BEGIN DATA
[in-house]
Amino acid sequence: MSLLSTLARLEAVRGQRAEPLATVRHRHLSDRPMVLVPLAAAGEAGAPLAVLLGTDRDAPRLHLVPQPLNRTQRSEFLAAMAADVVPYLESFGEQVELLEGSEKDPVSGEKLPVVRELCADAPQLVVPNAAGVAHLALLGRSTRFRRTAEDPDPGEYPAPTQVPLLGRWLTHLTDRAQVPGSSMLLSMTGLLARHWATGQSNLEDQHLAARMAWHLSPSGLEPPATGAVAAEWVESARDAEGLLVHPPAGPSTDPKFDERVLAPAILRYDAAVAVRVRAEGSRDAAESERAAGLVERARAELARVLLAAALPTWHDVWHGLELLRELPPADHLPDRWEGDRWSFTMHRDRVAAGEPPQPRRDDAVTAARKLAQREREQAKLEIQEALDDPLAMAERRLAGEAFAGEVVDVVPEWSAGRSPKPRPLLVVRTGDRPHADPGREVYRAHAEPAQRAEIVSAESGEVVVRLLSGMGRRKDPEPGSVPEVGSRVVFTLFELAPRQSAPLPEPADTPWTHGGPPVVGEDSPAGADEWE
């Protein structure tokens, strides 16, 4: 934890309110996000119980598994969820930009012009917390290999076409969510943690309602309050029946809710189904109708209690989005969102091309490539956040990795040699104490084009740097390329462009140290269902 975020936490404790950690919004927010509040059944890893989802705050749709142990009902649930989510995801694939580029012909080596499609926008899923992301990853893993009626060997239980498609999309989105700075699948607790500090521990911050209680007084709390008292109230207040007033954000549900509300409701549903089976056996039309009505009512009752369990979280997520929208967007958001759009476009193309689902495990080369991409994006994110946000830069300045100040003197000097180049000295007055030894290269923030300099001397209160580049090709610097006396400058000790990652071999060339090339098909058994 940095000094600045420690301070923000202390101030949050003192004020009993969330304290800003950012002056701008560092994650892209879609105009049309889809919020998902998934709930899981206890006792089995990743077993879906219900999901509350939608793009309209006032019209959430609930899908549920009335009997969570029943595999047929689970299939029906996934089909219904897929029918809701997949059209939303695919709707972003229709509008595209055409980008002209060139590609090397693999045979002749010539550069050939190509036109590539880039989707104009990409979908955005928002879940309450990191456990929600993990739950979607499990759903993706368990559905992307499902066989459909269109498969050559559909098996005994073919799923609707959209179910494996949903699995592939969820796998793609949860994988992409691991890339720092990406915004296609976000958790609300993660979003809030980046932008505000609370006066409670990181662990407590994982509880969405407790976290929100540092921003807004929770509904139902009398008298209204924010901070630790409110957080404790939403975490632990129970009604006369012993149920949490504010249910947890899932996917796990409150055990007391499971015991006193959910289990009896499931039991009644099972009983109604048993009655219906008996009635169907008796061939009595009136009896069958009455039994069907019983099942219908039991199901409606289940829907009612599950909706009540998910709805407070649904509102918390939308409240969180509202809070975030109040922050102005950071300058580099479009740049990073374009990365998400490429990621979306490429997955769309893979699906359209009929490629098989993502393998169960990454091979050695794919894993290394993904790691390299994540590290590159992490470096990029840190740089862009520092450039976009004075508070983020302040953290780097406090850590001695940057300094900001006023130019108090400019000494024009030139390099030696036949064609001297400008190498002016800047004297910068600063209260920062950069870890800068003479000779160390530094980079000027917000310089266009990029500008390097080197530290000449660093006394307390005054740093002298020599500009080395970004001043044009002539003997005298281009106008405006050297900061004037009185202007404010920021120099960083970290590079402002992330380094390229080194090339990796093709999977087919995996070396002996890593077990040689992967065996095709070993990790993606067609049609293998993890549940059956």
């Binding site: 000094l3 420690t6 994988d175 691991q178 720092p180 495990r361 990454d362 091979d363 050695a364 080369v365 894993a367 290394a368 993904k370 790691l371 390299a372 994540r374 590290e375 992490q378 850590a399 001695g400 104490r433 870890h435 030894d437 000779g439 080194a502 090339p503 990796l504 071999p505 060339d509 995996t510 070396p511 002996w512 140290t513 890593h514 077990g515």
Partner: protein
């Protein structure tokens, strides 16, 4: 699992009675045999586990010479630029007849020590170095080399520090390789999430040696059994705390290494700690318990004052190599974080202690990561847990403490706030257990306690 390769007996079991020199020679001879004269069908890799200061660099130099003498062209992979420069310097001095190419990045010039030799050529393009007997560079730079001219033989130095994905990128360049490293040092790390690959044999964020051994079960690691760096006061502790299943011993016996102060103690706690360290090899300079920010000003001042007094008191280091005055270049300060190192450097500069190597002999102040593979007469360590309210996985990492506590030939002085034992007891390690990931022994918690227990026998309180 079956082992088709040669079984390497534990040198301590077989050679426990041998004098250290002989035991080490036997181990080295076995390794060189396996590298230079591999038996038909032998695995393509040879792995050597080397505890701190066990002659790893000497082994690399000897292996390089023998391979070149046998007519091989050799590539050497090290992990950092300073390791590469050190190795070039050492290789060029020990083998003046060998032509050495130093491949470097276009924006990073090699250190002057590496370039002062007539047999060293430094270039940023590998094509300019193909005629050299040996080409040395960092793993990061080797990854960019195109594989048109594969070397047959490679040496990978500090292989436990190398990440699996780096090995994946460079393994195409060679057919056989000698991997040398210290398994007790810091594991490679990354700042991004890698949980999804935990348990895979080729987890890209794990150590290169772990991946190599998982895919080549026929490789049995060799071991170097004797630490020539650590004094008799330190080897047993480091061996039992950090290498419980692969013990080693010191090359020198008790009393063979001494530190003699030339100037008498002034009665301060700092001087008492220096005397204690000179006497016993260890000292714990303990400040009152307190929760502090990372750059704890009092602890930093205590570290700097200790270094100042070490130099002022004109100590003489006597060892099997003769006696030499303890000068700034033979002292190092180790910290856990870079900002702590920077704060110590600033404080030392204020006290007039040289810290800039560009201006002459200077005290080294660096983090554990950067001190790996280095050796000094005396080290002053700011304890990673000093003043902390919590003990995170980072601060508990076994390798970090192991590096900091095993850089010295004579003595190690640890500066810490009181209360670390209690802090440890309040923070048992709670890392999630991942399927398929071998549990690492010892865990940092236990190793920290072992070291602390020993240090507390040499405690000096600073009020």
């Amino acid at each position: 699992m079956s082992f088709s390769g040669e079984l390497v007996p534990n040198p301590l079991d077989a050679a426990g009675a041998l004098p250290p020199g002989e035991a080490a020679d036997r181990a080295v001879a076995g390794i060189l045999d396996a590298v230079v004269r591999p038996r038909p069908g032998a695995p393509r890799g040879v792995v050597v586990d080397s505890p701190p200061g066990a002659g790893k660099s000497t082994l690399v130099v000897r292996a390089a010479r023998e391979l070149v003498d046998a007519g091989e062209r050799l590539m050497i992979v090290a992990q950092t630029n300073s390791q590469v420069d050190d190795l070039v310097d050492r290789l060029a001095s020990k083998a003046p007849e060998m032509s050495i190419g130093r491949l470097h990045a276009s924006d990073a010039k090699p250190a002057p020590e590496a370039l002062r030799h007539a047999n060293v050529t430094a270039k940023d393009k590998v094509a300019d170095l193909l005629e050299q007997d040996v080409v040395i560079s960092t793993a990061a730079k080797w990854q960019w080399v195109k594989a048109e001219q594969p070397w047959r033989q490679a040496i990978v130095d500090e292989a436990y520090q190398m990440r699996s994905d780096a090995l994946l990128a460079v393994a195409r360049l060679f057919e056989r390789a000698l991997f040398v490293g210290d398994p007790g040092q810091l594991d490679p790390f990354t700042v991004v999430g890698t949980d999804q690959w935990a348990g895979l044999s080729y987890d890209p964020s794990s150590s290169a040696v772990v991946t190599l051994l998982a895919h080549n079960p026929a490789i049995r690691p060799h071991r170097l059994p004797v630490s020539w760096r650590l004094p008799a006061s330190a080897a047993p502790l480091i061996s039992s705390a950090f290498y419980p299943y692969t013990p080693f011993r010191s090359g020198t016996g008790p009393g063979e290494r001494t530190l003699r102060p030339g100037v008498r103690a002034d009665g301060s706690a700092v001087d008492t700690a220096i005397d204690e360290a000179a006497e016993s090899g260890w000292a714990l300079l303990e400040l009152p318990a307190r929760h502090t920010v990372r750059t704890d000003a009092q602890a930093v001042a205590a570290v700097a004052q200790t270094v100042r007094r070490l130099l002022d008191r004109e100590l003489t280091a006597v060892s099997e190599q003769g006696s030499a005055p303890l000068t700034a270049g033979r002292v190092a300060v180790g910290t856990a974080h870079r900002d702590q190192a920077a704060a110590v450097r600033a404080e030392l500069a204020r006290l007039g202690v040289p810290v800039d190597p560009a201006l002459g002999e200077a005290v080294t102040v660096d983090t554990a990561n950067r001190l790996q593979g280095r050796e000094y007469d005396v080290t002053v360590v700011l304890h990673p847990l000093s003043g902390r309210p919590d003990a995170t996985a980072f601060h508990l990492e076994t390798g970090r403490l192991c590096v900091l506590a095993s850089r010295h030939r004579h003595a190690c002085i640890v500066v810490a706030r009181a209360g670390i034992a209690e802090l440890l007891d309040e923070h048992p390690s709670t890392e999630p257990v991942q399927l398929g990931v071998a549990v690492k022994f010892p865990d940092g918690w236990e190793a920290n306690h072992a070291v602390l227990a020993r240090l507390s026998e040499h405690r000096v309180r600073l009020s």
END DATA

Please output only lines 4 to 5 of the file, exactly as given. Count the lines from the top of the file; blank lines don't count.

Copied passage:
């Binding site: 000094l3 420690t6 994988d175 691991q178 720092p180 495990r361 990454d362 091979d363 050695a364 080369v365 894993a367 290394a368 993904k370 790691l371 390299a372 994540r374 590290e375 992490q378 850590a399 001695g400 104490r433 870890h435 030894d437 000779g439 080194a502 090339p503 990796l504 071999p505 060339d509 995996t510 070396p511 002996w512 140290t513 890593h514 077990g515």
Partner: protein